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The planet Venus, is a Brahman, the preceptor or guru of the giants or ditis, and is held in great estimation by the Hindus. He is by some called the son, by others the grandson, of Brigu, and is described as variously mounted. In one of the zodiacs he is seated on a camel (see fig. 2, plate 26), with a large ring or hoop in his hands, and having the appearance of a female; in another on an animal resembling a rat. By Colonel Delamaine he is represented on a horse, with a stick, beads, a lotus, and sometimes a bow and arrows in his hands. He is thus represented in my plate from the temple at Ramnaghur. He is of a white complexion, middle-aged, and of an agreeable countenance. A person born under this planet will be gifted with the power of omniscience, and possess the gifts of fortune and the blessings of life, among which are many wives. He presides over Sukerwar, or Friday.


Is the planet Saturn. He is described of a dark colour, and clothed in black; holding a sword, arrows, and two daggers in his hands. (See fig. 3, plate 26.) His vahan is variously represented, being by some called a black vulture or raven, and by others an elephant. He is old, ugly, lame, of an evil disposition, has long hair, nails, and teeth, and is of the Sudra caste. It is unfortunate to be born under this planet, and the ills of life are ascribed to his influence, as he is supposed to be skilled in all kinds of wickedness. In the worship of him numerous ceremonies are in consequence resorted to, to appease him. He presides over the day of the week Saniswar, or Saturday.


Is by some called the sun, and by others the grandson of Kasyapa, and is the planet of the ascending node. He is also variously represented on a lion, a flying dragon, an owl, and a tortoise. Fig. 5, plate 26, from a zodiac, shews him on the latter with a spear in his hand. He is worshipped

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7 Clerk.ath 11 Deon sa Soho. 11g 2 Brishput oriri hurpati 2. Sukra J. Sani: 7. Kelu 5. Rahu. 6. Tknown. 7. Varuna. 8. Arjun performing Toprasa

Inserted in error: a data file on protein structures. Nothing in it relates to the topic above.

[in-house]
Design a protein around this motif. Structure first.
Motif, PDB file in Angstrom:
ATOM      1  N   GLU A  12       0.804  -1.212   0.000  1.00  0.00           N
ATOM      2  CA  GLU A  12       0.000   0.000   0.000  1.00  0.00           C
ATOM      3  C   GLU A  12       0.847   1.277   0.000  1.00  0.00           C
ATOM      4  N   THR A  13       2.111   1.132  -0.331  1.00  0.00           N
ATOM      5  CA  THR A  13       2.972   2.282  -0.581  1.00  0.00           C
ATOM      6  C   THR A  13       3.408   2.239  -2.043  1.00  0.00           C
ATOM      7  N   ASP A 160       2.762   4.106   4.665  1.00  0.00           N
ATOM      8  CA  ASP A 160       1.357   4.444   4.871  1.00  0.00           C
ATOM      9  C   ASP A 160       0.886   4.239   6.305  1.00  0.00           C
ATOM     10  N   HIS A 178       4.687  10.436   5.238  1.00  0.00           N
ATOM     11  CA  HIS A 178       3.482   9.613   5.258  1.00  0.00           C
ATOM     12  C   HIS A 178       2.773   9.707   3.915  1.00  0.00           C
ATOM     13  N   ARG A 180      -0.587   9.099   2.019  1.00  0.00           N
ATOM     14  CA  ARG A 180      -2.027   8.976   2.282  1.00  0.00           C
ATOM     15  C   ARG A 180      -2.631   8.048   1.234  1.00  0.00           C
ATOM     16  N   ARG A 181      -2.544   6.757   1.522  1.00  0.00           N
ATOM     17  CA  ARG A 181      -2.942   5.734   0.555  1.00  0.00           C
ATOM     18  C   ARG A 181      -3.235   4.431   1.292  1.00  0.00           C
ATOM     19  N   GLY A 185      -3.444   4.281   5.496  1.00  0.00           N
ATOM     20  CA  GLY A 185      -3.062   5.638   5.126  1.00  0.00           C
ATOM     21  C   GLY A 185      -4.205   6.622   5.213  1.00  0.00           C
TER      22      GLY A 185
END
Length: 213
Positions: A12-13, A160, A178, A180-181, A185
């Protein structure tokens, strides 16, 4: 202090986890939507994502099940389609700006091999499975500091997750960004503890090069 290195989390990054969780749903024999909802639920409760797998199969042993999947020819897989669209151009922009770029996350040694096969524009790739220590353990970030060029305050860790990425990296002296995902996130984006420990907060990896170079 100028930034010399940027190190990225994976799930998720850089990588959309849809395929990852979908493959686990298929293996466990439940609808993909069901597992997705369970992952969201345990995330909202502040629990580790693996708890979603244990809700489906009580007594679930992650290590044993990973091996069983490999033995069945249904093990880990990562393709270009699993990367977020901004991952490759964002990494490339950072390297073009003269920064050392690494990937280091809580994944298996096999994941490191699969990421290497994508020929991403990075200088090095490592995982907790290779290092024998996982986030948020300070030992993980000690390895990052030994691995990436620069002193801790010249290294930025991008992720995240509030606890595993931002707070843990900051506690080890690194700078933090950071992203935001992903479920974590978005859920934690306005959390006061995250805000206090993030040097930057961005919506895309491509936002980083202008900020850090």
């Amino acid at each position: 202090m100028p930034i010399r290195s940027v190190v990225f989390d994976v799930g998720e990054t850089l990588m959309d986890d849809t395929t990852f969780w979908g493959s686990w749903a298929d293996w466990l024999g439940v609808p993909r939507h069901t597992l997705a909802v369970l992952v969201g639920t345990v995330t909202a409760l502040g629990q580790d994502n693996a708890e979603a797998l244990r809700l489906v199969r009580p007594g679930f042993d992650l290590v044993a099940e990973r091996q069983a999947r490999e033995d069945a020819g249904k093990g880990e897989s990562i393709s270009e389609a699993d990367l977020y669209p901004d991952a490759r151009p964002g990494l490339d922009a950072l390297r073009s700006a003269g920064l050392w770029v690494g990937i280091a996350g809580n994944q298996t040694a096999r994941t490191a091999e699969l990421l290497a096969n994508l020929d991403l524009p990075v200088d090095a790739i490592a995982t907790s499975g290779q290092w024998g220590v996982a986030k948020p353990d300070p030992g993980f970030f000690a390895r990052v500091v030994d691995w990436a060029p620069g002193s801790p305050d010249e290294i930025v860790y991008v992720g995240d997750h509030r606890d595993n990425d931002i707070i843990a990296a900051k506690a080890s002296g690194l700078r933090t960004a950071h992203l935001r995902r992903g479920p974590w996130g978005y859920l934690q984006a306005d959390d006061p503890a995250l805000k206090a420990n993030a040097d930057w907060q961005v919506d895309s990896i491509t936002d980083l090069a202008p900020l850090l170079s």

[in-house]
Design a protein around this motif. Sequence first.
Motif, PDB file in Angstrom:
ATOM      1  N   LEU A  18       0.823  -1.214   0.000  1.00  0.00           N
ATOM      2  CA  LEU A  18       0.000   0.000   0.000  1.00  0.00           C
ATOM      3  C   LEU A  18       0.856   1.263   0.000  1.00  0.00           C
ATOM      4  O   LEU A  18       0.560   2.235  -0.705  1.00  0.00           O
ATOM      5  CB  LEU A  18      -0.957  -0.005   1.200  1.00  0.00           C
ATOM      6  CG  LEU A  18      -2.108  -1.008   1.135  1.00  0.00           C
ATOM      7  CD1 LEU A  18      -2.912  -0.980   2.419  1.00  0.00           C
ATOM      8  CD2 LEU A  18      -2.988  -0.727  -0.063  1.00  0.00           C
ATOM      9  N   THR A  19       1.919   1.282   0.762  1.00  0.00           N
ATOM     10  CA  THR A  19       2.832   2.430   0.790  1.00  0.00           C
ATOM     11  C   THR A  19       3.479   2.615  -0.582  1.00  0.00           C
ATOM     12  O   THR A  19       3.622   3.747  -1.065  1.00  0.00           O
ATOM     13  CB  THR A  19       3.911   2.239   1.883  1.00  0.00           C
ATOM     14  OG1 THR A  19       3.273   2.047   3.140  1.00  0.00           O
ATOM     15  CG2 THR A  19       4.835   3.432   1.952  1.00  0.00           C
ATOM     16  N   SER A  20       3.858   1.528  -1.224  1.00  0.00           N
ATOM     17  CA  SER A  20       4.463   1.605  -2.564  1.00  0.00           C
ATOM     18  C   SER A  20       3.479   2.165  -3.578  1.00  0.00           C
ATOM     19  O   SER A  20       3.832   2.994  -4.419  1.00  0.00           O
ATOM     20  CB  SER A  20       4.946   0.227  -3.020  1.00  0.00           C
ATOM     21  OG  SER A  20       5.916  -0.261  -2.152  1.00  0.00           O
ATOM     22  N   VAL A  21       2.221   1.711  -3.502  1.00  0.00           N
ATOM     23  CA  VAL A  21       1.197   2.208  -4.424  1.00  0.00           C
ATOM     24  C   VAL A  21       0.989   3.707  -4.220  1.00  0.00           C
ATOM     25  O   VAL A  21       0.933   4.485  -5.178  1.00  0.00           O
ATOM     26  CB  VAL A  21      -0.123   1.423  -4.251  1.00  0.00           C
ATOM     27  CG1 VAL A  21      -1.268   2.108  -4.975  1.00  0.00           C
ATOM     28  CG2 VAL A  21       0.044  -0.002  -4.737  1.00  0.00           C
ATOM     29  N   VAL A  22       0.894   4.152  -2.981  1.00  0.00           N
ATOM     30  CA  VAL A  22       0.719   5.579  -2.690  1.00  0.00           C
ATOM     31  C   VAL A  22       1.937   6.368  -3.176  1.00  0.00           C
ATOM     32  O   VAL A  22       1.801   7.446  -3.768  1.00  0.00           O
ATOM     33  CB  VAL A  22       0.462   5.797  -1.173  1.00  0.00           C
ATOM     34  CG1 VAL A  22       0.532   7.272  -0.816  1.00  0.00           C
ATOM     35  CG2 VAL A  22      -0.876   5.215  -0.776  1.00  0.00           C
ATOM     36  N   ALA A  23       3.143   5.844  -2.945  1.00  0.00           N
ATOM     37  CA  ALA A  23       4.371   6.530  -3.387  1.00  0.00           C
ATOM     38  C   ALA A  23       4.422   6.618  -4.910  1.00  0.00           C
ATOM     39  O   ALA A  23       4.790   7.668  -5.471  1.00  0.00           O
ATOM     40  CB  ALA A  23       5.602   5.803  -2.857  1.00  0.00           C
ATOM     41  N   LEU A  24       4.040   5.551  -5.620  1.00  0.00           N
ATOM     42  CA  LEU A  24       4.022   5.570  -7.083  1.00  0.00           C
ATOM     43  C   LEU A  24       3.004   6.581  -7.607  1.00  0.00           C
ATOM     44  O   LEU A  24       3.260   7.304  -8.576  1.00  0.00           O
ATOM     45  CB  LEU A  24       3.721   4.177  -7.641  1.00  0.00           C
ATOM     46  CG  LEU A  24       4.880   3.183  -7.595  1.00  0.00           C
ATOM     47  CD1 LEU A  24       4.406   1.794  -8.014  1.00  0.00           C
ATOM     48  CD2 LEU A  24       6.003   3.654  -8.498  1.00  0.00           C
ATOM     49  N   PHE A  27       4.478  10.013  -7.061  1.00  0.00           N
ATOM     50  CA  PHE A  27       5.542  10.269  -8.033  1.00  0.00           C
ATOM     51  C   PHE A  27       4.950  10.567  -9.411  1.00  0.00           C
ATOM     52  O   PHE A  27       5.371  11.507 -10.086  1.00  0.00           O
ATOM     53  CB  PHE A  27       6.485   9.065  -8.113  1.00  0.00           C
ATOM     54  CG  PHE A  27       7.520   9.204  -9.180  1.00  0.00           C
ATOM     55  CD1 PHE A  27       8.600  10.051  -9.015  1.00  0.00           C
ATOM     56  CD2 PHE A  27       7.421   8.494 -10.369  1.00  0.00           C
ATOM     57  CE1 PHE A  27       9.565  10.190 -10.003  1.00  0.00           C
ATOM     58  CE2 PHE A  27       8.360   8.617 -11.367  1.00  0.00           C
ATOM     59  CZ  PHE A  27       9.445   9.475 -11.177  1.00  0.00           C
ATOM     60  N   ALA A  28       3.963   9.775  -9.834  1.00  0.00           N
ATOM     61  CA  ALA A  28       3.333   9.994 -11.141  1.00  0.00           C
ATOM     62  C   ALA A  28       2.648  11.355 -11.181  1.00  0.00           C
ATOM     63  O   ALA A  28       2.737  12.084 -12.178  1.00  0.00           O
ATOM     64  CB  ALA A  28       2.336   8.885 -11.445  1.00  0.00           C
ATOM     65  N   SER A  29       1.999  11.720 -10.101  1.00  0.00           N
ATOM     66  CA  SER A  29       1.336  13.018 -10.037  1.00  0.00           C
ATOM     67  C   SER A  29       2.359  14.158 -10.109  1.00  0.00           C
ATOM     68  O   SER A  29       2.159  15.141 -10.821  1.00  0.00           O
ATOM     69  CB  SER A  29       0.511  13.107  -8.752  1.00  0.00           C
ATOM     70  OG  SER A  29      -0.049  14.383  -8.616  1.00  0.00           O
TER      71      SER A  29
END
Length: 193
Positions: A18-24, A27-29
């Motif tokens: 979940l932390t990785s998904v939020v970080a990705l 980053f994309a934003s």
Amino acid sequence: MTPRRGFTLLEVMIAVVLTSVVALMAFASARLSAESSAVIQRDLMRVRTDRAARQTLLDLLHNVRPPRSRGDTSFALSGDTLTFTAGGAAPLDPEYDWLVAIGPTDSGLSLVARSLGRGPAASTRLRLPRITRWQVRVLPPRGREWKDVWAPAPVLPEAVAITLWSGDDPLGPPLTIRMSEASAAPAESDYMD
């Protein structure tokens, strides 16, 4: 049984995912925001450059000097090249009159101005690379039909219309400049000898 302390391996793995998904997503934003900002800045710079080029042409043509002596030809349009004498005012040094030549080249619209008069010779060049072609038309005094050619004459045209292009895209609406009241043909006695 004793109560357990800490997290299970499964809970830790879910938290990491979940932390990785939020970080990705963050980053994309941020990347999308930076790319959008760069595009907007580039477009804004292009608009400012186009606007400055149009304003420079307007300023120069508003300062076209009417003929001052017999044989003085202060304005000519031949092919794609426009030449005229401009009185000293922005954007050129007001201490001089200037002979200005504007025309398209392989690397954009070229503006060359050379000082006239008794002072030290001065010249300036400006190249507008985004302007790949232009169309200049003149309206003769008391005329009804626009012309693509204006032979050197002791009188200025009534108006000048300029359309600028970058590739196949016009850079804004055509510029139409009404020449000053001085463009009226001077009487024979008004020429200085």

from Drawings, Temple of Rama dc.

in misfortune, and to avert the approach of evil spirits, malignant diseases, earthquakes, comets, &c., and especially during an eclipse. He is represented without a head, which is supposed to belong to his other portion.


The planet of the descending node, also variously described; by some sitting on a vulture; and by others, as a head on the back of a frog. (See fig. 4, plate 26.) For further particulars of Rahu and Ketu refer to a preceding account of Kartikeya.


Is the god of the waters, the Indian Neptune, and the regent of the west division of the earth. He is represented as a white man, four-armed, riding on a sea animal, with a rope called pashu in one of his hands, and a club in another. He is worshipped daily, as one of the regents of the earth; and also, according to Mr. Ward, by those who farm the lakes in Bengal, before they go out a fishing. And in times of drought, people repeat his name to obtain rain. His heaven, formed by Viswakarma, is eight hundred miles in circumference, in which he and his queen, Varuni, are seated on a throne of diamonds, attended by Samudra, Gunga, &c. &c.

Fig. 7, plate 26, from the temple at Ramnaghur, represents him on the the mukara, or sea animal, armed as above described.


O'm!—The Vedas. The Brahmans.— The Poita or Zenaar.–Temples.

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A MYSTICK syllable, signifying the supreme god of gods, which the Hindus, from its awful and sacred meaning, hesitate to pronounce aloud; and, in doing so, place one of their hands before their mouths. “ A Brahman beginning or ending a lecture of the Veda (or the recital of any holy strain) must always pronounce, to himself, the syllable O’m; for unless that syllable precede, his learning will slip away from him; and unless it follow, nothing will be long retained. It is prefixed to the several names of worlds, denoting that the seven worlds are manifestations of the power signified by that syllable.” “ All rites ordained in the Veda, oblations to fire, and solemn sacrifices pass away ; but that which passeth not away, says Menu, is declared to be the syllable O'm, thus called Aschara, since it is the symbol of God, the Lord of created beings.*

From various passages in the Asiatic Researches, principally by Mr. Colebrooke, as well as other authorities, it may be collected, that this sacred monosyllable, spelt Om, is pronounced A,O,M, or A,U,M, signifying Brahm, the supreme being, under his three great attributes of the Creator, the Preserver, and the Destroyer; the letters standing, in succession, for the attributes as they are here described.

The gayatri, called by Sir William Jones the mother of the Vedas, and in another place the holiest text of the Vedas, is expressed by the triliteral monosyllable aum, and means, if I understand it correctly, that divine light of knowledge dispersed by the Almighty, the sun of righteousness,

* Asiatic Researches, Vol. v.

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